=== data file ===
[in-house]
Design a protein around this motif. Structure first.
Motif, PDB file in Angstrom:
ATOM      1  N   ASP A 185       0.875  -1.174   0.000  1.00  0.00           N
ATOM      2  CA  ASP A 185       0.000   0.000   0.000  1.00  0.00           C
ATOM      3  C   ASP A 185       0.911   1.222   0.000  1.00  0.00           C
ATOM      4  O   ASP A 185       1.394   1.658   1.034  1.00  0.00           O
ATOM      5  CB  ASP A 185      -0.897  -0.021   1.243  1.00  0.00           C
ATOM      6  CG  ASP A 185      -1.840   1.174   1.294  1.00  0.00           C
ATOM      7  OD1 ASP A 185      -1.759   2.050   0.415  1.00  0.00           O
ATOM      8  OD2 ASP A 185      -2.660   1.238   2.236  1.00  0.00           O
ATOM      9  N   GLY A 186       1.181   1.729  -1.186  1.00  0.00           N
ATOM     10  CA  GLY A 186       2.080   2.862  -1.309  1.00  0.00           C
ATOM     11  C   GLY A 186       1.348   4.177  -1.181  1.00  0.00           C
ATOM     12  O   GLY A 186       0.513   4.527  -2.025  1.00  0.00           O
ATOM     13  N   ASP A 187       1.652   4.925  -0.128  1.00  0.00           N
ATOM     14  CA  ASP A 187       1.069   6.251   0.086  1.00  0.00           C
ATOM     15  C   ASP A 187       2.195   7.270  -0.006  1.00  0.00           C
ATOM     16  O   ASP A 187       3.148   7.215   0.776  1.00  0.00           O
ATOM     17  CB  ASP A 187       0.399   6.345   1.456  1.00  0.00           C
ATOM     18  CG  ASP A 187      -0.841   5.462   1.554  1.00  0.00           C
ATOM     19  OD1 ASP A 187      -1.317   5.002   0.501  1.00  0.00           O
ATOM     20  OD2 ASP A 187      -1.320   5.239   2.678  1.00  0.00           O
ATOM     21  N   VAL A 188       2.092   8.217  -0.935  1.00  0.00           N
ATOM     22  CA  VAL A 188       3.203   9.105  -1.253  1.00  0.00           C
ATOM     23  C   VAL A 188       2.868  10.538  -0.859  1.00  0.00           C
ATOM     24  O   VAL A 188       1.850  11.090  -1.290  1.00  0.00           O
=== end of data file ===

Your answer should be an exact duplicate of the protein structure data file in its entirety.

[in-house]
Design a protein around this motif. Structure first.
Motif, PDB file in Angstrom:
ATOM      1  N   ASP A 185       0.875  -1.174   0.000  1.00  0.00           N
ATOM      2  CA  ASP A 185       0.000   0.000   0.000  1.00  0.00           C
ATOM      3  C   ASP A 185       0.911   1.222   0.000  1.00  0.00           C
ATOM      4  O   ASP A 185       1.394   1.658   1.034  1.00  0.00           O
ATOM      5  CB  ASP A 185      -0.897  -0.021   1.243  1.00  0.00           C
ATOM      6  CG  ASP A 185      -1.840   1.174   1.294  1.00  0.00           C
ATOM      7  OD1 ASP A 185      -1.759   2.050   0.415  1.00  0.00           O
ATOM      8  OD2 ASP A 185      -2.660   1.238   2.236  1.00  0.00           O
ATOM      9  N   GLY A 186       1.181   1.729  -1.186  1.00  0.00           N
ATOM     10  CA  GLY A 186       2.080   2.862  -1.309  1.00  0.00           C
ATOM     11  C   GLY A 186       1.348   4.177  -1.181  1.00  0.00           C
ATOM     12  O   GLY A 186       0.513   4.527  -2.025  1.00  0.00           O
ATOM     13  N   ASP A 187       1.652   4.925  -0.128  1.00  0.00           N
ATOM     14  CA  ASP A 187       1.069   6.251   0.086  1.00  0.00           C
ATOM     15  C   ASP A 187       2.195   7.270  -0.006  1.00  0.00           C
ATOM     16  O   ASP A 187       3.148   7.215   0.776  1.00  0.00           O
ATOM     17  CB  ASP A 187       0.399   6.345   1.456  1.00  0.00           C
ATOM     18  CG  ASP A 187      -0.841   5.462   1.554  1.00  0.00           C
ATOM     19  OD1 ASP A 187      -1.317   5.002   0.501  1.00  0.00           O
ATOM     20  OD2 ASP A 187      -1.320   5.239   2.678  1.00  0.00           O
ATOM     21  N   VAL A 188       2.092   8.217  -0.935  1.00  0.00           N
ATOM     22  CA  VAL A 188       3.203   9.105  -1.253  1.00  0.00           C
ATOM     23  C   VAL A 188       2.868  10.538  -0.859  1.00  0.00           C
ATOM     24  O   VAL A 188       1.850  11.090  -1.290  1.00  0.00           O